How to Grow and Care for Lance-Leaved Coreopsis (Coreopsis lanceolata)

A Native Wildflower That Requires Little Water and Care

Coreopsis lanceolata

watcherfox / Getty Images

Lanceleaf coreopsis is a wildflower that is native to the southeastern United States that has become a popular garden plant in other parts of the country. The solitary daisy-like flowers are golden-yellow emerge from slender, erect stems. The narrow, hairy, lance-shaped leaves (which gave this species its name) are clustered near the base of the plant. 

Coreopsis lanceolata blooms in spring to early summer and its nectar and pollen attract a wide range of beneficial native insects, including long-tongued bees, short-tongued bees, wasps, flies, butterflies, skippers, day-flying moths, and beetles.

It is planted in the spring and has a moderate growth rate.

Common Name Lanceleaf coreopsis, lanceleaf tickseed, sand coreopsis
Botanical Name Coreopsis lanceolata
Family Astearceae
Plant Type Perennial
Mature Size 1-3 ft. tall, 1-2 ft. wide
Sun Exposure  Full
Soil Type  Loamy, sandy, moist, well-drained
Soil pH Acidic, neutral 
Bloom Time Spring, summer
Flower Color Yellow
Hardiness Zones 4-9 (USDA)
Native Area North America

Coreopsis Lanceolata Care 

While all coreopsis species require little care, lanceleaf coreopsis is especially easy to care for. You don’t have to worry about drought and deer because it is resistant to both.

The plant can look a little unkempt later in the season so cutting it back keeps things tidy and prevents it from reseeding, which Coreopsis lanceolata does freely (but because it’s a native plant, this is not considered invasive). 

The only other routine care that is required is division every two to three years to maintain the vigor of the plant. 


Coreopsis lanceolata should get full sun to thrive. Lack of light leads to scraggly growth and reduced bloom.


The plant is very adaptable, as long as the soil has excellent drainage. It can grow in dry soil as well as shallow, rocky, and poor soil. 


New plants, or divided plants, should be watered until they are established. Once you know it’s established, you don’t need to give Coreopsis lanceolata extra water in dry spells.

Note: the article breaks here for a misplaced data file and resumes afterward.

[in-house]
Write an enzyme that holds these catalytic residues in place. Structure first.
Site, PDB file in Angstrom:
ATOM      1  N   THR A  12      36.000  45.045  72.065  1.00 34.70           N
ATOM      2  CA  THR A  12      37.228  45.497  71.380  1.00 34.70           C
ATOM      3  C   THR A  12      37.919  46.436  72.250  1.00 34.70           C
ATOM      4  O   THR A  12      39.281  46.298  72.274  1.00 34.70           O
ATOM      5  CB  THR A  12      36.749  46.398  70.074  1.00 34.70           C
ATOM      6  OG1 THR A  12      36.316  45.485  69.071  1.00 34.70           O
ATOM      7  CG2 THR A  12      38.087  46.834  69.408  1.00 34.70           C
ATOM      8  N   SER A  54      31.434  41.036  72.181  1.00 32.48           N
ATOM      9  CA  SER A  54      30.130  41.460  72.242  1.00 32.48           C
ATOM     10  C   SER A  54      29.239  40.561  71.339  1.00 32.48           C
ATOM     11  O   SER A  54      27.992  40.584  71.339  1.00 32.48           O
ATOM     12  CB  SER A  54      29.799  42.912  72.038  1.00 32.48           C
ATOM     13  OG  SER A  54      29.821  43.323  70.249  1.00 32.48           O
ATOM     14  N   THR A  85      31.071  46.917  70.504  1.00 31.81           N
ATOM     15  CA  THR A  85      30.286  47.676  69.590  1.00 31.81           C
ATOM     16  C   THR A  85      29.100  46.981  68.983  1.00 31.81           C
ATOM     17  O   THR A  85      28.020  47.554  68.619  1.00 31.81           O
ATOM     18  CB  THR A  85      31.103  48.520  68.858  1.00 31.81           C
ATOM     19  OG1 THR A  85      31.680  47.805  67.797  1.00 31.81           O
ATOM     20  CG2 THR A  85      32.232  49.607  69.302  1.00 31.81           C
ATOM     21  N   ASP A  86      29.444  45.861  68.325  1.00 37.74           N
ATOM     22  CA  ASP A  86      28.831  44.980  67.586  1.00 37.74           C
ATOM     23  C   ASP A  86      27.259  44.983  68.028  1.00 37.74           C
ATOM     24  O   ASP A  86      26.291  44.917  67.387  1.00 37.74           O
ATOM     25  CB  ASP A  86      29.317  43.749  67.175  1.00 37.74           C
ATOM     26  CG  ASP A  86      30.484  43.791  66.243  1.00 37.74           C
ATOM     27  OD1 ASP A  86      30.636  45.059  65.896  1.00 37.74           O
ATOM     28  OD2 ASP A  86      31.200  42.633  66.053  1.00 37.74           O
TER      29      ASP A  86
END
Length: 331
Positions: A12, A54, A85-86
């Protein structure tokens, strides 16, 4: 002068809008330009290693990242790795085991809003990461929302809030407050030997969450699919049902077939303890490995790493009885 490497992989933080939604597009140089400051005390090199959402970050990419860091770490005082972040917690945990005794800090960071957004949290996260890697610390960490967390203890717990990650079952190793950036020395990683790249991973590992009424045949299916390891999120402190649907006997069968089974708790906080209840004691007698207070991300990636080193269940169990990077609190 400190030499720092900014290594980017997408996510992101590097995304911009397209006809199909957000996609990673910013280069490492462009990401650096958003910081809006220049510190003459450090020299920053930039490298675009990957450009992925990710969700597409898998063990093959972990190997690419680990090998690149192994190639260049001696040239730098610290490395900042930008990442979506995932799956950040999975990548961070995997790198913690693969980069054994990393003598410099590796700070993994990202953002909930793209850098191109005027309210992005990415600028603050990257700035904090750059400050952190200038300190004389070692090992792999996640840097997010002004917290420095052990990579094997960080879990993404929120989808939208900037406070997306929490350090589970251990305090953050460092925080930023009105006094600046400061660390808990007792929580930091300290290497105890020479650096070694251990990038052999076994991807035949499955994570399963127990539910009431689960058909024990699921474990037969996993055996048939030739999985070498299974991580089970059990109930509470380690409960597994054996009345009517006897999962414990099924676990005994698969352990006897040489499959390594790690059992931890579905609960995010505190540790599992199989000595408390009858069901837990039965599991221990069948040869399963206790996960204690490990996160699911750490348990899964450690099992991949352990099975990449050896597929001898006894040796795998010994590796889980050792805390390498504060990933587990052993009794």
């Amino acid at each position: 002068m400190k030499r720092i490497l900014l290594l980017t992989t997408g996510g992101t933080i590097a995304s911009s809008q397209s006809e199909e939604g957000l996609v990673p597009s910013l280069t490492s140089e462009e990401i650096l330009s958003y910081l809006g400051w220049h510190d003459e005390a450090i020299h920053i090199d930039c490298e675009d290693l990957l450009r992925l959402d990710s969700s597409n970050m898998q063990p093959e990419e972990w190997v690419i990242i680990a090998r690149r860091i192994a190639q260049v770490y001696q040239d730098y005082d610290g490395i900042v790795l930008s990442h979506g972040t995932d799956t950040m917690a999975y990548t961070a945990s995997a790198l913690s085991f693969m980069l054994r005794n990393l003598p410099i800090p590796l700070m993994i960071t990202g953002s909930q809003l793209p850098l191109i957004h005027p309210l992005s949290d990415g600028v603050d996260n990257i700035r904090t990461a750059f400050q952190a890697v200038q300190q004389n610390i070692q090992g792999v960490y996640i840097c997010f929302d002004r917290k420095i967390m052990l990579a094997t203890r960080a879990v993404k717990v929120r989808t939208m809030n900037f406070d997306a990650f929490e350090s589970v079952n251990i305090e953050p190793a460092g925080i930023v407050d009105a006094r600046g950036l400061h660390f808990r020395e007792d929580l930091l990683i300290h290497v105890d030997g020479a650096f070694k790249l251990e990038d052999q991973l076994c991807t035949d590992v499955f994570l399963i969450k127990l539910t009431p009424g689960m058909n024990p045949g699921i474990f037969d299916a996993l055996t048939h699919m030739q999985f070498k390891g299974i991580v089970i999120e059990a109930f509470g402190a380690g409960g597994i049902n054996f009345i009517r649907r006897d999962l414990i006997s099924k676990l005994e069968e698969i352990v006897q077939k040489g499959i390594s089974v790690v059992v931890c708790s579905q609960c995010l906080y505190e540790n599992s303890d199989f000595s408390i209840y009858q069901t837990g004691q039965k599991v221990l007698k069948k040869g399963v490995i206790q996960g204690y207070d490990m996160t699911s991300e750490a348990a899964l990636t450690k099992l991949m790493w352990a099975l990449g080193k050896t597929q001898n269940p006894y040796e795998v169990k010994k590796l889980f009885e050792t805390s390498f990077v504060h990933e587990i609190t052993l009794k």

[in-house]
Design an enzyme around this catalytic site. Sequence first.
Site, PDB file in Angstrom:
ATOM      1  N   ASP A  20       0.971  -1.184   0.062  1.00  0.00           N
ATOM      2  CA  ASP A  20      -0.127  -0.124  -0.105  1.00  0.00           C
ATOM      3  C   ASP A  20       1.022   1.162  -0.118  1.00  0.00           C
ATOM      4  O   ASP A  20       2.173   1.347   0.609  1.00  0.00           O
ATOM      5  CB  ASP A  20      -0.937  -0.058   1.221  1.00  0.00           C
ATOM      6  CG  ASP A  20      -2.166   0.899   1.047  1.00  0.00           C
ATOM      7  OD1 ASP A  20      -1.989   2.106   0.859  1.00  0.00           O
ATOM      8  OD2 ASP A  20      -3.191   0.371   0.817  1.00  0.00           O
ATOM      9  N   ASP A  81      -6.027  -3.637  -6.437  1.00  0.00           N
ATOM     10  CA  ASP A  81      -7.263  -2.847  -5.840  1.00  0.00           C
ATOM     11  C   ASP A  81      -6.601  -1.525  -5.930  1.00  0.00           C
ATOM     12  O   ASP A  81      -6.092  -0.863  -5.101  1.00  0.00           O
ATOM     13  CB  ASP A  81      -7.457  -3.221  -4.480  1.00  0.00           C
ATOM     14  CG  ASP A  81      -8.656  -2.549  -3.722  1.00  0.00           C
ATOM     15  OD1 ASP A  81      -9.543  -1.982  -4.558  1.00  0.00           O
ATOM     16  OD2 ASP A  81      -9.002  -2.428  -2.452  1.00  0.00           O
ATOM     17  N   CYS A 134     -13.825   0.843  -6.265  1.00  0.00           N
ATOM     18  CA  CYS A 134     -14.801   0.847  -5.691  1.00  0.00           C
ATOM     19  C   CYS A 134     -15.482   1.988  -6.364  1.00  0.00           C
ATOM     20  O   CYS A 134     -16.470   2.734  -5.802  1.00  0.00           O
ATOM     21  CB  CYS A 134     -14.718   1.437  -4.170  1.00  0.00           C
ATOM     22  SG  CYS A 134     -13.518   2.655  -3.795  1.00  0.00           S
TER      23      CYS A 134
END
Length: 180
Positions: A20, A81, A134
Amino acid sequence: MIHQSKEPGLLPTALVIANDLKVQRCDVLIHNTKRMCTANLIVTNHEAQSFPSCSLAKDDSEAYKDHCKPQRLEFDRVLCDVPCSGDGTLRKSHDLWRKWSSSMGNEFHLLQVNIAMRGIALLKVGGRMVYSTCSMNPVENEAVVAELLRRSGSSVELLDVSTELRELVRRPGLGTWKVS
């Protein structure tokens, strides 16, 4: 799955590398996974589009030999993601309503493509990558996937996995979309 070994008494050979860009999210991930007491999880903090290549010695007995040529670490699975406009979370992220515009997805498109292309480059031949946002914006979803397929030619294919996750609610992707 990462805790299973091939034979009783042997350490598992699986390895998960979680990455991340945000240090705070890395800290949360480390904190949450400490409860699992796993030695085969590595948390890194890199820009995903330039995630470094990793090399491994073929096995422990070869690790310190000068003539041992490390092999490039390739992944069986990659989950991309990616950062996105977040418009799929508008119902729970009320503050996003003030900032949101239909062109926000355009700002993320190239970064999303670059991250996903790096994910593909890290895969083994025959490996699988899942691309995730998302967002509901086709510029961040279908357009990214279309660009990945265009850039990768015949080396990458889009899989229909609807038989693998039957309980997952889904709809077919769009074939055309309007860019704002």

Temperature and Humidity

As a native plant to the southeastern United States, Coreopsis lanceolata is tolerant of heat and humidity but it is also winter-hardy to USDA zone 4. 


Unless you planted Coreopsis lanceolata in extremely nutrient-deprived soil, you don’t need to fertilize it. It grows even in poor soil. 

Coreopsis lanceolata 'Sterntaler'
Coreopsis lanceolata 'Sterntaler'

Helena Bezold / Getty Images

Types of Coreopsis Lanceolata 

C. lanceolata and C. grandiflora are very similar species (the latter has larger flowers, as the botanical name “grandiflora” indicates), and they are often crossed. Popular varieties include: 

  • C. lanceolata ‘Sterntaler’ has double golden blooms with pretty brown centers. It has a compact clumping growth habit. 
  • C. lanceolata 'Brown Eyes' has a maroon-brown ring in the center of the golden flower. It grows 2 feet tall.
  • C. grandiflora 'Baby Sun' is a short cultivar with golden-yellow flowers with a band of red in the center. It only grows 10 to 16 inches tall. 
  • C. grandiflora 'Early Sunrise' has large, semi-double yellow-orange flowers that bloom from spring to fall if you keep the plant deadheaded. It reaches 18 to 24 inches in height and spreads 8 to 12 inches.
  • C. grandiflora 'Sunray' has large, double golden-yellow flowers and a compact, rounded growth habit of 18 inches in height and width. 


The plant does not need pruning but frequent deadheading of spent flowers prolongs the bloom period. If the plant looks a little scraggly in mid-summer, cut it back slightly to encourage a more compact growth.

Propagating Coreopsis Lanceolata

After two to three years, coreopsis needs to be divided so it maintains its vigor and compact shape. If not divided, Coreopsis lanceolata won’t live very long.

Dividing the plant is also an easy way to propagate it. The best time to do that is in the early spring. Here’s how it’s done:

  1. Carefully dig up the entire plant, leaving the roots as intact as possible.
  2. With a sharp trowel or a garden knife, cut the clump into smaller sections. Discard the woody center of the plant. Each of the remaining sections should have several healthy roots.